In A People's History of the United States, Howard Zinn covers a time span of over 500 years. Historians who focus on the actions of a few great individuals (followers of the "great man" school of history) might devote considerable time to specific people, but Zinn's focus is different. Because he is trying to give voice to "the people" who are often left out of histories of the United States, Zinn directs his attention to three types of characters:
- Well-established historical figures
- Representatives of the people
- Classes or groups of Americans
Well-Established Historical Figures
Zinn discusses well-known individuals at various points throughout the book. His purpose in doing so is to add complexity to traditional and overly simplified descriptions. The following are some of the key historical figures reworked, and how they change under Zinn's eye:
Christopher Columbus is portrayed as an intrepid explorer, which is in line with traditional depictions, but he is also revealed to be politically ambitious and racially insensitive.
James Otis receives more attention than usual in accounts of the pre-Revolutionary era because his rhetoric captures what it was like to be a laborer during the period.
Of the Founding Fathers, Thomas Paine receives the most attention, primarily because of his rhetorical skills and because he eventually opposes inclusion of the lower classes in the United States.
Andrew Jackson receives extended description because of his pivotal role in the Indian Removal Act.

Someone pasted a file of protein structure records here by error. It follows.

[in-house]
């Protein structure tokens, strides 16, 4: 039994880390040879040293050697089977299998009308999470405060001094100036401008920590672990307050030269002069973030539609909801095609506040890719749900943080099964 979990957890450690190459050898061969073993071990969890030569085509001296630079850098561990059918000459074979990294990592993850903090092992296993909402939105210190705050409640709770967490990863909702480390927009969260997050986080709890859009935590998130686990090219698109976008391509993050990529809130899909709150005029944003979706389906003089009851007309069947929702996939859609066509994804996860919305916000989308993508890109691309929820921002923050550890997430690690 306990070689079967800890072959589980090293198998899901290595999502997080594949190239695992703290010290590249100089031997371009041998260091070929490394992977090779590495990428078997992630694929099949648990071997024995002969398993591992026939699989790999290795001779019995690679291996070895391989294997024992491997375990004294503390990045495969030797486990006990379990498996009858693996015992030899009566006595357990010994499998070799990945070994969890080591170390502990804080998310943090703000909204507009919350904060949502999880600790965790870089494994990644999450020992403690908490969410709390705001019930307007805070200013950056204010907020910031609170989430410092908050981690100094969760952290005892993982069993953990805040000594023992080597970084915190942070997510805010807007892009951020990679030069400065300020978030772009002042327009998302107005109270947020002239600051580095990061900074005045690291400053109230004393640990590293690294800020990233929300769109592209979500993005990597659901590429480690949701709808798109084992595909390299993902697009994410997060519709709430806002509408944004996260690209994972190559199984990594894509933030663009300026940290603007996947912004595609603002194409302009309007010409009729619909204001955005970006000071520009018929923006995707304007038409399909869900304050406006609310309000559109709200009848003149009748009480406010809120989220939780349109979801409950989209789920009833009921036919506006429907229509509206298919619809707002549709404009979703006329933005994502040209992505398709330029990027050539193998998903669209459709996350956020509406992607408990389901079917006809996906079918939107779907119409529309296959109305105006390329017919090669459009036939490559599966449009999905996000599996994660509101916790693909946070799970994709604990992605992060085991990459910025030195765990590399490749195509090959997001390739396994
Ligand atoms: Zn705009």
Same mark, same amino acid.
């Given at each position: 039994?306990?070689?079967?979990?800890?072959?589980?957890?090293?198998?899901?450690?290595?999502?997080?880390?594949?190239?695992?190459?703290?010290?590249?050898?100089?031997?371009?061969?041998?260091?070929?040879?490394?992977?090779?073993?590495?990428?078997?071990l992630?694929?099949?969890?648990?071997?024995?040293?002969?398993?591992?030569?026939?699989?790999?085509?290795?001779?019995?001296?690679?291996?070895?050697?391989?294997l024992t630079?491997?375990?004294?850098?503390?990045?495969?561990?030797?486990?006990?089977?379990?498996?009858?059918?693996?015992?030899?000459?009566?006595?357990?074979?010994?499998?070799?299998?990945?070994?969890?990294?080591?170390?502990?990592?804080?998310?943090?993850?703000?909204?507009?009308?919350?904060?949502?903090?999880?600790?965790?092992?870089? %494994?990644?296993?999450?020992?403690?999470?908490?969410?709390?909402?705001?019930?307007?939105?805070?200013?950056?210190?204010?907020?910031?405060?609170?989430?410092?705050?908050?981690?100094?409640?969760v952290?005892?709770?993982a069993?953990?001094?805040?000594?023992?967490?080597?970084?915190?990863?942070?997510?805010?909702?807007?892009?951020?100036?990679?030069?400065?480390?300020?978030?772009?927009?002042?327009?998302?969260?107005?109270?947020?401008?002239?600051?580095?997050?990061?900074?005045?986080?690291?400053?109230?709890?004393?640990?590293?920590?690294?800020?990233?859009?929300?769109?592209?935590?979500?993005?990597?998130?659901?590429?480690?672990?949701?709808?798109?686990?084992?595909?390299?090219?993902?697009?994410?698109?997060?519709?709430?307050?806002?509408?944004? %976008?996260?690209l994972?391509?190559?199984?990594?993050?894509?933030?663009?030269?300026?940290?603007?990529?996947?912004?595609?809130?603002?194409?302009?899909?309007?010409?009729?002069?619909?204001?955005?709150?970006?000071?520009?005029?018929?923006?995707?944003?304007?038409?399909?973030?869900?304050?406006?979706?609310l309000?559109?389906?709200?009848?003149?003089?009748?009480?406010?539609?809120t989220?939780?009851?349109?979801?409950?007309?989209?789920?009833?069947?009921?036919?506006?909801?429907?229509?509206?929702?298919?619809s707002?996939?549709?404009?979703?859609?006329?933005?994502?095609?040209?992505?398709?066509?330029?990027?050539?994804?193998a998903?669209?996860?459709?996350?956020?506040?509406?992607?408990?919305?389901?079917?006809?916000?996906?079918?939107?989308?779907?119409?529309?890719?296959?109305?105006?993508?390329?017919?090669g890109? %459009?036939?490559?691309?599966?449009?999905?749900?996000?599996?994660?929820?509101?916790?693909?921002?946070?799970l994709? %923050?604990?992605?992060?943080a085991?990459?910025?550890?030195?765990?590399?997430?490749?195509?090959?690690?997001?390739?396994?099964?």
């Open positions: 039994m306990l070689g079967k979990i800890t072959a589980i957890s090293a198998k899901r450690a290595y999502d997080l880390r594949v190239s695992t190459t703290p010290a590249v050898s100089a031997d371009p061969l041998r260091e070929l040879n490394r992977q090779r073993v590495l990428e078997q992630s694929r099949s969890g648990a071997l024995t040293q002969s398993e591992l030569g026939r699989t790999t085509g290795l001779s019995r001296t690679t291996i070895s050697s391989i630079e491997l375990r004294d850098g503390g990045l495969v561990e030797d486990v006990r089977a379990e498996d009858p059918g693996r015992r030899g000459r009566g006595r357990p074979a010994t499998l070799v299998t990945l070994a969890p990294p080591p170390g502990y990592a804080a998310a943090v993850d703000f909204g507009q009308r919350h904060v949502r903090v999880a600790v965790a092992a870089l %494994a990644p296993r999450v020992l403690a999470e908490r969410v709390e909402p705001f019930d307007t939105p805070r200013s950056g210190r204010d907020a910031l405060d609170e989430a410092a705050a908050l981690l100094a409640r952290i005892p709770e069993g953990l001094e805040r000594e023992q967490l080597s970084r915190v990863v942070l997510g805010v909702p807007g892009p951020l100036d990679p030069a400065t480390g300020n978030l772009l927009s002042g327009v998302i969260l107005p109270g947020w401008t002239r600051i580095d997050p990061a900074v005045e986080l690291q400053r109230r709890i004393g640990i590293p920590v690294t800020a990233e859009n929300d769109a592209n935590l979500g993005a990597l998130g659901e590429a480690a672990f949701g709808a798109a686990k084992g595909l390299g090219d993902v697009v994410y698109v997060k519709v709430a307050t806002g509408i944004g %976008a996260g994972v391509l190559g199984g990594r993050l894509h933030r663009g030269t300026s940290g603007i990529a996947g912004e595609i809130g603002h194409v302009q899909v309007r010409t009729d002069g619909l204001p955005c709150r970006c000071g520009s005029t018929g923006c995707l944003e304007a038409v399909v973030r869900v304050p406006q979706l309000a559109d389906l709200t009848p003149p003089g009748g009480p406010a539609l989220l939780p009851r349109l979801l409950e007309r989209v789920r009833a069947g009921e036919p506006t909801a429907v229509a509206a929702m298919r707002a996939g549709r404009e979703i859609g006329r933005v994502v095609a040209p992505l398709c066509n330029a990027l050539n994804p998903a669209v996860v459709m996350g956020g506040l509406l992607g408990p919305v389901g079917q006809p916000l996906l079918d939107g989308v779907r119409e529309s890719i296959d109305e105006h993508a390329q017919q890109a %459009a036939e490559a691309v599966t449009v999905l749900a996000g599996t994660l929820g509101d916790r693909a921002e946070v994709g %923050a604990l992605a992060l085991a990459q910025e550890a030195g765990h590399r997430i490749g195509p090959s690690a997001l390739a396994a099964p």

Among contemporary leaders, Jimmy Carter receives an extended analysis that debunks his liberal leanings and shows how closely his policies align with the Reagan administration that replaced him. Bill Clinton is discussed at disproportional length for similar reasons: to show how liberal he was not.
Representatives of the People
Zinn describes representative individuals to provide context for the reader, but when he can, he quotes at length to allow these individuals to speak for themselves.
Nathaniel Bacon, leader of Bacon's Rebellion (1676), is presented as mixing period prejudice toward Native Americans with class anger.
Colonel Ethan Allan Hitchcock speaks for the common soldier in the Mexican-American War, articulating their resistance and moral concerns.
Despite his wealthy background, Thomas Dorr becomes a leader for the nineteenth-century suffrage movement, aiming to extend voting rights to the lower classes. He is shown as a kind of pragmatic, improvisational leader of a would-be class rebellion.
Countless voices from the early-twentieth-century labor movement are sketched or quoted, with Wobblies Jack White and Joe Hill the largest names among them. These populist leaders are defined by their honesty and their solidarity with other workers.
A similarly large number of figures are quickly sketched in the Vietnam antiwar movement and related sixties movements. Of these, Mary Moylan, a member of the Catonsville Nine, is quoted at the greatest length; her account reveals an organic...
(The entire section is 971 words.)